This year, I was asked to throw together an English elective that would last 1/2 of the academic year. It was originally going to be a Fiction to Film class, but I did not want my students believing the elective was all about watching movies. So, it became a Literary Studies class instead. We started by exploring the science fiction genre.
We would take notes each time we started a new genre. We would identify the genre, write its definition in our own words, find characteristics/elements about the genre, learn about common themes of the genre, and give some examples. This was the foundation for all the other genres we learned about.
In this bundle, you will get my:
**Opening activity: Book Jacket Project. My students go to the library to learn about how and why they choose to read certain books by examining book jackets and creating their own. This starts us on the path to learning about genres!
1. Science fiction non-fiction article worksheet:
I created this simple worksheet to pair with a non-fiction article I provided each of my students correlating to whatever science fiction book they were reading. For example, one student read about the creation of Glo-Fish because she had chosen Jurassic Park. The worksheet asks students to summarize the article, tell me how they know whether or not it is credible, relate it to the book they are reading, and determine whether the book's author is presenting the real life science accurately.
2. Science fiction brainstorming template/outline/& essay prompt:
After my students read a science fiction novel of their choice, they were asked to write a simple five paragraph essay regarding how the book fit the science fiction genre by choosing three characteristics/elements of the genre to explore more in-depth.
We had watched a science fiction movie previously in order for me to be able to model this process with the writing assignment. I chose John Carter because I happened to be reading the novel at the time.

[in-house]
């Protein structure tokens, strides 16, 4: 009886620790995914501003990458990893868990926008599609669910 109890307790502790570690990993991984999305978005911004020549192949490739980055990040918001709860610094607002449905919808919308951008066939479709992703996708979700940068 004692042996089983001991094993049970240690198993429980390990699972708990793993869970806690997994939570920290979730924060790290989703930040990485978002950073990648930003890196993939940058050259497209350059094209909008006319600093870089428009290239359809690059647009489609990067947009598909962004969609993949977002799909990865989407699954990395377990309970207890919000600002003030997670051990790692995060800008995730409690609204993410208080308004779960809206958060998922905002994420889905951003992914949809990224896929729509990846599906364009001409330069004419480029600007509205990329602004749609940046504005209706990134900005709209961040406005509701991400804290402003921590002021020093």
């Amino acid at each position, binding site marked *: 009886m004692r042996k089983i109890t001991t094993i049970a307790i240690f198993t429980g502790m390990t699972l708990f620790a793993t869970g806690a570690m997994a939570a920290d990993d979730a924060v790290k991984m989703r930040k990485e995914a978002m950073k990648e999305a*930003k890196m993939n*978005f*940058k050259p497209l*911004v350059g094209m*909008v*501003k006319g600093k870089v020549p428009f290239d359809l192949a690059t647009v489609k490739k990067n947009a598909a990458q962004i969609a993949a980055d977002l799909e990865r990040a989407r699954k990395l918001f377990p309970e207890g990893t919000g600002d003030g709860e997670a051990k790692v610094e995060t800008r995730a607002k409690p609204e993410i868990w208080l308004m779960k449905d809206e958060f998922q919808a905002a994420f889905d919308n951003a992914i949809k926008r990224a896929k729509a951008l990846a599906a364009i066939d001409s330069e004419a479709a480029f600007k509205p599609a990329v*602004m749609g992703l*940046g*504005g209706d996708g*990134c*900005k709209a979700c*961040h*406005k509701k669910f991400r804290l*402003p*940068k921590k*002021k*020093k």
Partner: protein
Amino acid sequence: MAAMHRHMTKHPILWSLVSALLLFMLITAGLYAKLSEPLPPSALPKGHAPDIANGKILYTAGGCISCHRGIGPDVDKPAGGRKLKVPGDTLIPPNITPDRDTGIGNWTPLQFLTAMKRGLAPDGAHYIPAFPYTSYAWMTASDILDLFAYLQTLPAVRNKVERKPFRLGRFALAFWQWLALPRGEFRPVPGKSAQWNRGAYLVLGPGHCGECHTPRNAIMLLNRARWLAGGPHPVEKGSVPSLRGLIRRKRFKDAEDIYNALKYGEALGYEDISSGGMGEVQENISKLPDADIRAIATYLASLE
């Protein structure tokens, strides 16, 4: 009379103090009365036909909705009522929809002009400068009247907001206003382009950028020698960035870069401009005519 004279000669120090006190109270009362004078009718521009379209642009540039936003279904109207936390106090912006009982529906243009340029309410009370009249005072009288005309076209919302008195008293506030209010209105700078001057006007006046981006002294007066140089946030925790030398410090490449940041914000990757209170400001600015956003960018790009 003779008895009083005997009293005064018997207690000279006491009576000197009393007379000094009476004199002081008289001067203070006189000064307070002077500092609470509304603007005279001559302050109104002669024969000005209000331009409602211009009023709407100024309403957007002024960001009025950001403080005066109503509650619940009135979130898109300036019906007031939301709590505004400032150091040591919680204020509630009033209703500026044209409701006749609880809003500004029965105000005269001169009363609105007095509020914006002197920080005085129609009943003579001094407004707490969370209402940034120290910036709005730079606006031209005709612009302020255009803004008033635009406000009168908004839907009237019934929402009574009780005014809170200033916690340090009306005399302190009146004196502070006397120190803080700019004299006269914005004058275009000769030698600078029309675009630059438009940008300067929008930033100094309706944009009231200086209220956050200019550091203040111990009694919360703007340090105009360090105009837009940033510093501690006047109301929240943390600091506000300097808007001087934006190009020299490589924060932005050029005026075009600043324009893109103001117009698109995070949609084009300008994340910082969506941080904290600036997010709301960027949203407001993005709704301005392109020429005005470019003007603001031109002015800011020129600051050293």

3. Fantasy elements quiz:
This was a quick quiz that I don't even offer in my store, it was that thrown together. It just asked my students to identify characteristics of the genre and give an example. This is after we took notes about fantasy.
4. Romance web quest worksheet
This asks students to research the romance genre on the internet and to find the definition, elements, examples, and learn how romance has changed throughout history, including what its characteristics were in medieval times, gothic times, and modern day.
5. Romance genre true love essay
Students compare or contrast the poem "Pyramus & Thisbe", short story "Tristan & Isolde", and movie "The Princess Bride" to argue which is the superior couple and why. Includes guided venn diagram to brainstorm, outline for either compare or contrast essay, and the essay prompt.
We watched The Princess Bride and discussed how it fit both the fantasy genre and romance genre.
6. Horror / urban legends sub-genre worksheet
We listened to an urban legend and discussed its characteristics. Then we did the first part of this worksheet that asks for a definition, characteristics, common themes, etc. The next part of this worksheet is regarding the sub-genre of urban legends and asks students to explore urban legends as a small group. They end up sharing one they liked or writing one of their own.
7. Superhero sub-genre (the movie "Unbreakable" & The Hero's Journey)
My boys were especially fond of this one. We read comic books and graphic novels and shared our findings. Then I did a lecture on Joseph Campbell's theory of the monomyth/hero's journey and students watched the movie "Unbreakable." They wrote an essay that tracked the stages of the Hero's Journey throughout the movie.
8. Historical fiction narrative brainstorming template/outline/and essay
After my students have learned about historical fiction as a genre and read a quick mentor text (short story), I have them write their own historical fiction narrative. This is a quick brainstorming template that they complete before they start writing. It includes a pre-made rubric.
Not included, but coming soon: Nonfiction memoirs/biographies unit. I did throw in my "why did you choose this book?" worksheet that asks students to identify whether their nonfiction book is a biography, an autobiography, or a narrative memoir. I am working on their autobiography assignment now and will upload it soon!
**My final (or you could use it as a midterm) that asks students to identify, recognize, and apply their knowledge of genres.